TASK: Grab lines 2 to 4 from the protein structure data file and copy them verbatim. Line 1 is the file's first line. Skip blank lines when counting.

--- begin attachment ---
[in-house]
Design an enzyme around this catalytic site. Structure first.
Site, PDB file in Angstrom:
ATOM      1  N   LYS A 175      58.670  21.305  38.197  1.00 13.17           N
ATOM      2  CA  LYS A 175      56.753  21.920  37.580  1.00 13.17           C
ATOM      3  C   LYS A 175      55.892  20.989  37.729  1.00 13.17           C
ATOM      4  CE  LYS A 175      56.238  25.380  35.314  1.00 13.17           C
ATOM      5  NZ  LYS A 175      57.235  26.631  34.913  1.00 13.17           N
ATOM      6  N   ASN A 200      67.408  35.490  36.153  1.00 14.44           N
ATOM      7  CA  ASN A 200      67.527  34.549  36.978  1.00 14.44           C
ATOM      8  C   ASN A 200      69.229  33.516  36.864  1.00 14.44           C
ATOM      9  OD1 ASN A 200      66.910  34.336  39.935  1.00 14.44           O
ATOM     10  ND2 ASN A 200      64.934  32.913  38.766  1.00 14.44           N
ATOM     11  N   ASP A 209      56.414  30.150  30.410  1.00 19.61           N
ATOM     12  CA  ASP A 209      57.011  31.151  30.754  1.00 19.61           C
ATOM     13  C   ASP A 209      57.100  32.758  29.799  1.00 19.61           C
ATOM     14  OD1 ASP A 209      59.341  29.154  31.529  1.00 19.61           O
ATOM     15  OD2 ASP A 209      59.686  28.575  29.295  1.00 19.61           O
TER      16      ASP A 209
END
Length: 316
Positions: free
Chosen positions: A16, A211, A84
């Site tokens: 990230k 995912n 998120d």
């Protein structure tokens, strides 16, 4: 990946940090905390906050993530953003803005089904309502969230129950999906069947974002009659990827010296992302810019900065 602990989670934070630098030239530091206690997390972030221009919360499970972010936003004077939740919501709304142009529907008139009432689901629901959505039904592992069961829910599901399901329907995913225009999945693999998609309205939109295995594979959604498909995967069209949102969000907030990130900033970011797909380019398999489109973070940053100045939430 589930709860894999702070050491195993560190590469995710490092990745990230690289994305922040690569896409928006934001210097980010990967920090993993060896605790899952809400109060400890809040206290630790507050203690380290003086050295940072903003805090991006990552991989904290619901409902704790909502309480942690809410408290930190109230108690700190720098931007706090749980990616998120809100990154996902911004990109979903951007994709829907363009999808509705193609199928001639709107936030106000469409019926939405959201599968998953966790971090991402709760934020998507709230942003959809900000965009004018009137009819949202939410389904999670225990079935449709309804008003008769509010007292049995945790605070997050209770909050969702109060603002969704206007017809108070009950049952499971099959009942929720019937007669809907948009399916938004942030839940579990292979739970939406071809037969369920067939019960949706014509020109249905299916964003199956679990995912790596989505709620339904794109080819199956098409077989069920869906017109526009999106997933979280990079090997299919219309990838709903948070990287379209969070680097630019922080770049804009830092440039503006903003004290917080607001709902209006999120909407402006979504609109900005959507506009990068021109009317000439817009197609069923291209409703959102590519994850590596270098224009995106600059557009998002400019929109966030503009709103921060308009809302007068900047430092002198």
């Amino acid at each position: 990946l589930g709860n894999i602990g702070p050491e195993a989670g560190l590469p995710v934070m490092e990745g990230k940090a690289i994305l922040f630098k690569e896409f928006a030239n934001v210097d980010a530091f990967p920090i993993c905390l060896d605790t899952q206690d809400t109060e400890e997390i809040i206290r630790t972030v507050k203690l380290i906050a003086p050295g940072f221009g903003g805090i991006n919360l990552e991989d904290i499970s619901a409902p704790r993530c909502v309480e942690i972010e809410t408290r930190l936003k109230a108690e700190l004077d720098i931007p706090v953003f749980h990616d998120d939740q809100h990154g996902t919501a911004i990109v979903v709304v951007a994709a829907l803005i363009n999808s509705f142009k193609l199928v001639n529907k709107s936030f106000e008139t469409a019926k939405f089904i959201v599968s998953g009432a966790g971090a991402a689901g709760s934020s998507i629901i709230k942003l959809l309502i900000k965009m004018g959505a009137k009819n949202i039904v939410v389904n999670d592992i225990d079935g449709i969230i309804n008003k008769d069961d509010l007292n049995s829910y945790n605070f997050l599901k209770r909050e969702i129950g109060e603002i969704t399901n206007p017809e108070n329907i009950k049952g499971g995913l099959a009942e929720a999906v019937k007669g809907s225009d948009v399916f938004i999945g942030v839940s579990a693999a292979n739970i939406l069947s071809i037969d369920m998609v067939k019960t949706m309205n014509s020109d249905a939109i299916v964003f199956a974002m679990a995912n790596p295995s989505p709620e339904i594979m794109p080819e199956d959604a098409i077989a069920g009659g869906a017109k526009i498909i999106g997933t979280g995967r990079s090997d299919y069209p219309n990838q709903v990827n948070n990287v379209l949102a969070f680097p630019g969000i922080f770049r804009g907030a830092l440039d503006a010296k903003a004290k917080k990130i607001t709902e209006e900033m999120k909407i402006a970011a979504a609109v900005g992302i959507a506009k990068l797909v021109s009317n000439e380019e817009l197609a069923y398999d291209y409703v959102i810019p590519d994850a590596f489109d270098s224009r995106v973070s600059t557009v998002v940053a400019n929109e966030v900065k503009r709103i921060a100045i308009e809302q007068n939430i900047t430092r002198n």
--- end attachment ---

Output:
Design an enzyme around this catalytic site. Structure first.
Site, PDB file in Angstrom:
ATOM      1  N   LYS A 175      58.670  21.305  38.197  1.00 13.17           N